Every motorbike enthusiast knows the TT – it’s the world’s most dangerous race, a mountain course which has claimed 231 lives in its 103 year history.
Every motorbike enthusiast knows the TT – it’s the world’s most dangerous race, a mountain course which has claimed 231 lives in its 103 year history. For the rest of us The Isle Of Man’s Annual Superbike Death Race is something that always been on the TV at around 2am on EuroSport. For the racers involved it’s a way of life – something that the participants spend the rest of the year preparing for and 100% of their lives dreaming about.
We follow Guy Martin, a mechanic by day but a superbike racer in his spare time as in his attempt to win his first TT. So far, he’s had eight podium places but no wins.
Guy’s a fantastic character. He talks about as fast as he races – sentences leaving his mouth in a hurricane of words which occasionally makes him difficult to understand when coupled with his Lincolnshire accent. But he’s undeniably charming and frequently hilarious – here’s a man who’s not afraid to talk absolute shite and know it (“there’s nothing wrong with wanking is there?”) and one whose happy-go-lucky attitude and fierce competitiveness is imbedded in his personality. With a permanent smile on his face, a knowing look and a natty line in Wolverine-style mutton chops, he’s impossible to dislike.
While he’s the focus of the movie, there are interviews with some of the other superstars of the sport including current “King Of The Mountain” John McGuinness and prominent riders Ian Hutchinson and Conor Cummins. But while the fast-paced footage and high-octane action will no doubt appeal to those familiar with the sport, it’s the way that it touches on the remarkable human story behind the racers in which it really comes into its own.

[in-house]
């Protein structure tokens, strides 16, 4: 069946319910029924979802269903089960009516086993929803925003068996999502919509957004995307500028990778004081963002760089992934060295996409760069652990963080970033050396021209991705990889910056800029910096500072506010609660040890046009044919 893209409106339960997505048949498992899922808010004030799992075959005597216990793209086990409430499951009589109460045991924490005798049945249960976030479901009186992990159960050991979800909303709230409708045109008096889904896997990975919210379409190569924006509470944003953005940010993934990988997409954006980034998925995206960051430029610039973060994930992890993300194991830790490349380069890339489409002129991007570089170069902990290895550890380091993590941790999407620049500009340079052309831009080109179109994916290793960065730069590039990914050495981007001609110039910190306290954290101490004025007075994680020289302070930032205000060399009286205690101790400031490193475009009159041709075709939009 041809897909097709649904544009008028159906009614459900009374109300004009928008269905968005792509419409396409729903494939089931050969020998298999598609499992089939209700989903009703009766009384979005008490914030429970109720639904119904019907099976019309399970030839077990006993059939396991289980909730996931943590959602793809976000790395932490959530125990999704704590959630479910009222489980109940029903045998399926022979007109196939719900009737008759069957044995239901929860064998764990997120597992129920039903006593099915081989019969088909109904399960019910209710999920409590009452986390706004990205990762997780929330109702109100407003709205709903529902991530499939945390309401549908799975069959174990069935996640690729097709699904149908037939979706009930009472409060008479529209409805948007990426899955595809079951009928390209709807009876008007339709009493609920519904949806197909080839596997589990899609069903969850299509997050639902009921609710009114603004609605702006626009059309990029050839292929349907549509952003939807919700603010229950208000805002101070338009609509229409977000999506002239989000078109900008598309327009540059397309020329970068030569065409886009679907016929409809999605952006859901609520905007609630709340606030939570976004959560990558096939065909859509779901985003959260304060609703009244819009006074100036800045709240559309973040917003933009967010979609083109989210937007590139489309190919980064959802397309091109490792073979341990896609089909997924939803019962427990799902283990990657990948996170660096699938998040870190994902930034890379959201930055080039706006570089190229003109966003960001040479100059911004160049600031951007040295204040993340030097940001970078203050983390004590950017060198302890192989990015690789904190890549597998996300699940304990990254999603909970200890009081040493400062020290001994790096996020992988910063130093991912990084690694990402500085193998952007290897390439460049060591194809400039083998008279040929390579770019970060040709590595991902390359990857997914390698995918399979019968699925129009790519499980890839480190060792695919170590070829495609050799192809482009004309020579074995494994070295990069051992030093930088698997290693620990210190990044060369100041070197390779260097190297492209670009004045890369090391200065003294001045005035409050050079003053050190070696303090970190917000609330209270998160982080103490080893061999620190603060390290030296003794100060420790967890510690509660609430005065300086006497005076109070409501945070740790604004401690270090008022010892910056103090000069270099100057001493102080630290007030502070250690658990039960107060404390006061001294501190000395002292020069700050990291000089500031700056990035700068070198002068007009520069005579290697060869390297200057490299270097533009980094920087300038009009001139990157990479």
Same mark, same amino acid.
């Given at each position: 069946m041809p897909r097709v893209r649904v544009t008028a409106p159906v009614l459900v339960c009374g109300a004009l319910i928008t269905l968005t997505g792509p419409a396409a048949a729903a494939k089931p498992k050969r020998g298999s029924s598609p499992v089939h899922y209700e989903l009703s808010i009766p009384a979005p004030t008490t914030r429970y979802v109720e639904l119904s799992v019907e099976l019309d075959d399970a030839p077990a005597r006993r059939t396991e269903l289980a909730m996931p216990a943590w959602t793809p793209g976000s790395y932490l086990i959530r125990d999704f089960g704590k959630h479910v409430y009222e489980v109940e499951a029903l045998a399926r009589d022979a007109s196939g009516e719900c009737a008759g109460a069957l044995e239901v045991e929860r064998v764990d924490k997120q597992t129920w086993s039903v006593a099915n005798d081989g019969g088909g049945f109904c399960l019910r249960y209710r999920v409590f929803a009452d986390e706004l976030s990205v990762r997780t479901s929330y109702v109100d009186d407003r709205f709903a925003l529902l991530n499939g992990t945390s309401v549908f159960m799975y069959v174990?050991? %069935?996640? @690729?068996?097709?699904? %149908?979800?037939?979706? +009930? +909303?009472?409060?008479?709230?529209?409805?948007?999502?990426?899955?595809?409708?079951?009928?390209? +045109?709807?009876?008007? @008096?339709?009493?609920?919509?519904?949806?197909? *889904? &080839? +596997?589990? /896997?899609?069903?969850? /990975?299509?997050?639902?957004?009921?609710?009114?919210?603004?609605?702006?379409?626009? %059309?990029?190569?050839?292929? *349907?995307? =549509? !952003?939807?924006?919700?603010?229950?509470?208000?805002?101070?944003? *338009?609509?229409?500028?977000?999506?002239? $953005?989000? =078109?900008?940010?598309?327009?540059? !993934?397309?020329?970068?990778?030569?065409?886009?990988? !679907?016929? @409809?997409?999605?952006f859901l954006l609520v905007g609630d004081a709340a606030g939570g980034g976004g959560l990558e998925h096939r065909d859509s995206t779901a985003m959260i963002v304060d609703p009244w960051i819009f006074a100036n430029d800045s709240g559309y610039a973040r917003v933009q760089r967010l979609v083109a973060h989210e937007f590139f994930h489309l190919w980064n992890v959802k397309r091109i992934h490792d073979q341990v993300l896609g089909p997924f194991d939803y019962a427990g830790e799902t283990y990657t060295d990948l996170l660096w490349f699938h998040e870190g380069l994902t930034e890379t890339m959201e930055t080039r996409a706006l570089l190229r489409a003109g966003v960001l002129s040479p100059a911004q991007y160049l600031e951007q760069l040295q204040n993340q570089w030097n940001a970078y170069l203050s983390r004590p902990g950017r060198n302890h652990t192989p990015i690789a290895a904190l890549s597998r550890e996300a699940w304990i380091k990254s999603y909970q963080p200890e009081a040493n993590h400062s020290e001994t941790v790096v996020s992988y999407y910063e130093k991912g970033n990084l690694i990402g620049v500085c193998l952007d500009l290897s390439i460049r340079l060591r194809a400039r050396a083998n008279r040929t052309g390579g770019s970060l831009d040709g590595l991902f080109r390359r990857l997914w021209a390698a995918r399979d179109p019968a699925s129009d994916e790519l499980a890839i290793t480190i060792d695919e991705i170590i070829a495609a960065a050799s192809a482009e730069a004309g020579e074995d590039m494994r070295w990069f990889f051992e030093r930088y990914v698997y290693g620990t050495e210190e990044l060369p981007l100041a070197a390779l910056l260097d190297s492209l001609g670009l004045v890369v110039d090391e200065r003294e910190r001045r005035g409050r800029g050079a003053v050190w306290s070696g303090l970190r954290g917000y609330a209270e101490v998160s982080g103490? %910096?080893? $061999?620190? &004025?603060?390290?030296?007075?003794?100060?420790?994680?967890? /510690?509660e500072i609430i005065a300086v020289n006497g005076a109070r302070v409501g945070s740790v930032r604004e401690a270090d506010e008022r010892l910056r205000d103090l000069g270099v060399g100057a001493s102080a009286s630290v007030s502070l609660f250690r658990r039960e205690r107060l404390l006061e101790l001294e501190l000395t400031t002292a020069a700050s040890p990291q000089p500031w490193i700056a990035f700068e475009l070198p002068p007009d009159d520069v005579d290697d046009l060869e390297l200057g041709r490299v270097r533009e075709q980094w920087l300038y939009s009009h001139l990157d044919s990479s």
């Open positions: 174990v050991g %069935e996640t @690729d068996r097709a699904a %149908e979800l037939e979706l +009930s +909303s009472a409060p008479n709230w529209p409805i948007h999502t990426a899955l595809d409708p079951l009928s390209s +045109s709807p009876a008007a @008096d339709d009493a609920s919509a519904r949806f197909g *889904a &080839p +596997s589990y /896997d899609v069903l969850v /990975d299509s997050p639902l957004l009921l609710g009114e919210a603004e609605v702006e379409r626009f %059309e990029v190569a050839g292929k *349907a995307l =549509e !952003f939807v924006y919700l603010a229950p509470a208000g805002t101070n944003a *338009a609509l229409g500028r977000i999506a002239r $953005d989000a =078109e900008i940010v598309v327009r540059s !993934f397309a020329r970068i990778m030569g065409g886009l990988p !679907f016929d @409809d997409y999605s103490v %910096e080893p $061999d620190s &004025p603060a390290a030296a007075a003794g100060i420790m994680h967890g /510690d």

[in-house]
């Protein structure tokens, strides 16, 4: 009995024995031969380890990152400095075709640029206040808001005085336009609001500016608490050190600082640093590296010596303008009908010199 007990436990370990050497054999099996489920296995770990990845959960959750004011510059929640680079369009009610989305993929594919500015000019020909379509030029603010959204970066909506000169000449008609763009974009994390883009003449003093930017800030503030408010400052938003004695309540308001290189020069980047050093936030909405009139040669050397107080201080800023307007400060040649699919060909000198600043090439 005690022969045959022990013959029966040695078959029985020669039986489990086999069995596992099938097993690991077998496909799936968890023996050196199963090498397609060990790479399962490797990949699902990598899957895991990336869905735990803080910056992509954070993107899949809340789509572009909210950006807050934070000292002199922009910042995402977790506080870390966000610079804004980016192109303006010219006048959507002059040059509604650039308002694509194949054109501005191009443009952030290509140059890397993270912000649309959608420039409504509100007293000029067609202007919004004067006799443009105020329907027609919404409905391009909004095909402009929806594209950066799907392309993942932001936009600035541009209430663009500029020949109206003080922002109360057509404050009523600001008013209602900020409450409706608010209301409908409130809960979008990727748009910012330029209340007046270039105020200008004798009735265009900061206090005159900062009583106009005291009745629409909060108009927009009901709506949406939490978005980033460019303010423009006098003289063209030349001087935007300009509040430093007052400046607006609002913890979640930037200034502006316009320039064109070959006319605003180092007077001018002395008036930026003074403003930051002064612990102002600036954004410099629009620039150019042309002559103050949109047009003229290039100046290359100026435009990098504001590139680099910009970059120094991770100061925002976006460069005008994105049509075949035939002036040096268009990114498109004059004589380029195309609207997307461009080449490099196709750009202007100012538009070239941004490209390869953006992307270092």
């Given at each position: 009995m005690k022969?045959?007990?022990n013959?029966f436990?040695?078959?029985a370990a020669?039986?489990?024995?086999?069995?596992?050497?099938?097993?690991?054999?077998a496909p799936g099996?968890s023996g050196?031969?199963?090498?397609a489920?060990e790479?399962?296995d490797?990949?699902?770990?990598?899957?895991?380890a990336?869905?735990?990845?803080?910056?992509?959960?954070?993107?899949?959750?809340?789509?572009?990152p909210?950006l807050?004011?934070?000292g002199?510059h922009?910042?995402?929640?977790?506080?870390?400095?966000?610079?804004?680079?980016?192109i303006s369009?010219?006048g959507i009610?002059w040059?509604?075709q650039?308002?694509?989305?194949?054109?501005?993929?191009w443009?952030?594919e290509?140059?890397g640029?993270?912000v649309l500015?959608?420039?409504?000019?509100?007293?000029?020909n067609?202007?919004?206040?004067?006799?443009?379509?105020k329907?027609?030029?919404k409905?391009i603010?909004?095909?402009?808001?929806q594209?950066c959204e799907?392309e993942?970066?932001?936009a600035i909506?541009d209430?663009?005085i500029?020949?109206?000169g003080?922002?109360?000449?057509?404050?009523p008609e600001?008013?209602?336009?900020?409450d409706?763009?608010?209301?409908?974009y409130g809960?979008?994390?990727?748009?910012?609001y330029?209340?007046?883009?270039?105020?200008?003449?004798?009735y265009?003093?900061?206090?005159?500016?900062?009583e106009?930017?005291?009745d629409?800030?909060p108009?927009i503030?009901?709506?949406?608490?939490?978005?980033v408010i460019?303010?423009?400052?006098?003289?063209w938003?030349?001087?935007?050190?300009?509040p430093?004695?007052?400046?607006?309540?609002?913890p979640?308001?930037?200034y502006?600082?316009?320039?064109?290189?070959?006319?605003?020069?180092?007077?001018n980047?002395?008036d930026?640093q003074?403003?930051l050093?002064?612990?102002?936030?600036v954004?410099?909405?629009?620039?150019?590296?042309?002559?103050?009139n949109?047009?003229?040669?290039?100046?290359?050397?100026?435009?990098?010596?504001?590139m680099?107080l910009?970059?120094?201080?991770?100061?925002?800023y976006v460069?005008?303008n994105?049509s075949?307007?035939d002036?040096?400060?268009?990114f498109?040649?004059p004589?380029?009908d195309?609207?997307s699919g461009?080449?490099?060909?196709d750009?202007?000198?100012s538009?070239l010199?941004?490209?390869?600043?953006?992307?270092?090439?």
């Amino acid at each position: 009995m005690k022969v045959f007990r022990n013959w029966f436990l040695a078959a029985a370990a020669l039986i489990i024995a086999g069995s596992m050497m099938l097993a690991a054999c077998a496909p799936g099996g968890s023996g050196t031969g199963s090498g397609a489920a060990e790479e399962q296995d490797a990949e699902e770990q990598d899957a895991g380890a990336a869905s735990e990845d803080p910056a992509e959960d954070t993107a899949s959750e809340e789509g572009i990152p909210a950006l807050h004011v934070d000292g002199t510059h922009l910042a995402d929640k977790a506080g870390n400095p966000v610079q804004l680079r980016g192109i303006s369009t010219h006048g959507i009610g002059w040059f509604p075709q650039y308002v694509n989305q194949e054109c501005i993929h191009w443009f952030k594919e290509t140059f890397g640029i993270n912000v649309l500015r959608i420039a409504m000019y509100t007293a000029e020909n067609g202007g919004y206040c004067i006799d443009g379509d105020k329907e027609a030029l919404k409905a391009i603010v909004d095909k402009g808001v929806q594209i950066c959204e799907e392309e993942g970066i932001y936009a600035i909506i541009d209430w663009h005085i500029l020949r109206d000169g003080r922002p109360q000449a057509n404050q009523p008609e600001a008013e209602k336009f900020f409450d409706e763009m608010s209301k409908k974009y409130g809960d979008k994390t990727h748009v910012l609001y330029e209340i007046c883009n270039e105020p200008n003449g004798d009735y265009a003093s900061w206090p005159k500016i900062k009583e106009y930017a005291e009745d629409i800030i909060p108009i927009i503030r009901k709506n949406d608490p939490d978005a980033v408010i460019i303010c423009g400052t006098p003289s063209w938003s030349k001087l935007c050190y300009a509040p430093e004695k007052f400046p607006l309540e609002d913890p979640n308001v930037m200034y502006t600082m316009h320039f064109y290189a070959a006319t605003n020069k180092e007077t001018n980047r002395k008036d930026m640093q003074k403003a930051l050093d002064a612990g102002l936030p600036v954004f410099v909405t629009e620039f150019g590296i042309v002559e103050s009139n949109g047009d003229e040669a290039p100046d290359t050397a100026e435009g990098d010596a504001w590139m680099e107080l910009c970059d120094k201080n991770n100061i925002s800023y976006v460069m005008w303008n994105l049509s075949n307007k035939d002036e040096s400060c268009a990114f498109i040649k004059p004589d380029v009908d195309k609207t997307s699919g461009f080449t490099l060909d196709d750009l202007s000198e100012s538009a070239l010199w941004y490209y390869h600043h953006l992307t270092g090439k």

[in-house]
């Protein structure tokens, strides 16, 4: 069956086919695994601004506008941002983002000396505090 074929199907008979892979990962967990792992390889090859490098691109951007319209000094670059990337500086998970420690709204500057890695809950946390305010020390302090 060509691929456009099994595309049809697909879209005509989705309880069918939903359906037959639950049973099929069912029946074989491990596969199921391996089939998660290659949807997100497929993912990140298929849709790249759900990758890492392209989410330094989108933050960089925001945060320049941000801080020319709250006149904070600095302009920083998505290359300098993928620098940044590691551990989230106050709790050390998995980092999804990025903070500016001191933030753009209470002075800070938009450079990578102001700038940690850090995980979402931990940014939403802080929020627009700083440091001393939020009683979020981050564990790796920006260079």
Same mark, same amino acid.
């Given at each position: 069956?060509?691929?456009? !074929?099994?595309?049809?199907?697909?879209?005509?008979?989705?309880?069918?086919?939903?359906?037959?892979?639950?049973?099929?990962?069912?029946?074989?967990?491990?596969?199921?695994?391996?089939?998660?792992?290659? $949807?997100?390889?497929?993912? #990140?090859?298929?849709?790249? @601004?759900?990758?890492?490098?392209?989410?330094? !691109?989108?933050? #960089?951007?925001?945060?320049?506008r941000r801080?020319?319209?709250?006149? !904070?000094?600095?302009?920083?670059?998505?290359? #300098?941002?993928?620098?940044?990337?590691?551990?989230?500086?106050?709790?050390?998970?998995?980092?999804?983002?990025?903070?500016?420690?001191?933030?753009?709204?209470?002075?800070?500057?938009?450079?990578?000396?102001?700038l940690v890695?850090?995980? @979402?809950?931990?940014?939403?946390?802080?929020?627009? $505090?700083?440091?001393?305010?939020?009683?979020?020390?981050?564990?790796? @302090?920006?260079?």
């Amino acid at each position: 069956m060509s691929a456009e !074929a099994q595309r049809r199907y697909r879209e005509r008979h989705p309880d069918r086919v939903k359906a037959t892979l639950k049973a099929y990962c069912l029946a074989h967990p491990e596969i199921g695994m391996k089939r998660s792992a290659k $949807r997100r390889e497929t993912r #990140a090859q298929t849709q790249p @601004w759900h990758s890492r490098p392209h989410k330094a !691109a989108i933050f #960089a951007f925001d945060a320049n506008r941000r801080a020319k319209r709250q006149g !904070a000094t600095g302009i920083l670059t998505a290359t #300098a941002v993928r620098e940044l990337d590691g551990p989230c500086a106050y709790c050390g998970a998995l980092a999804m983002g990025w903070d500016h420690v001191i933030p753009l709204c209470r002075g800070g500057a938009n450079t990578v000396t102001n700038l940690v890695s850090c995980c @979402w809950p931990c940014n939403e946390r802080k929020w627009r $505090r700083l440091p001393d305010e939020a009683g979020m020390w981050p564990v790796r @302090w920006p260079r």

A highlight is an interview with Bridget Dobbs, the widow of Paul “Dobsy” Dobbs, whose equanimity about her husband’s death is astounding. “You can’t love the death, you can’t love the loss but you can’t love the excitement and the thrill without knowing that that’s part of it” she says reflecting on how Dobsy died living his dream.
This pragmatism is one which all the riders seem to share; despite life-threatening injuries – bruised lungs, shattered ribs, fractured spines – all they can think of is getting back on a bike; it’s an addiction, the ultimate speed junkie high. In fact, in an interview with Guy Martin’s engineer, there’s a poignant moment while he considers that he could be classed as “drug dealer of sorts.” After watching TT3D, it’s easy to see why they become hooked.
The 3D aspect of TT3D is actually rather pointless – the blisteringly fast pace of the bikes would be just as obvious without the need to wear clunky glasses. The helmet-cam is used sparingly – just enough to convey the near-blinding speed at which they’re travelling and the almost superhuman reaction times you need to have to take a corner at 160mph.
While hardcore fans of the sport might be frustrated at the lack interviews with other riders or an in depth history of the race and its champions, it remains a powerful documentary which captures the spirit of the race, and an engaging and thoughtful movie about determination, obsession, passion and competition.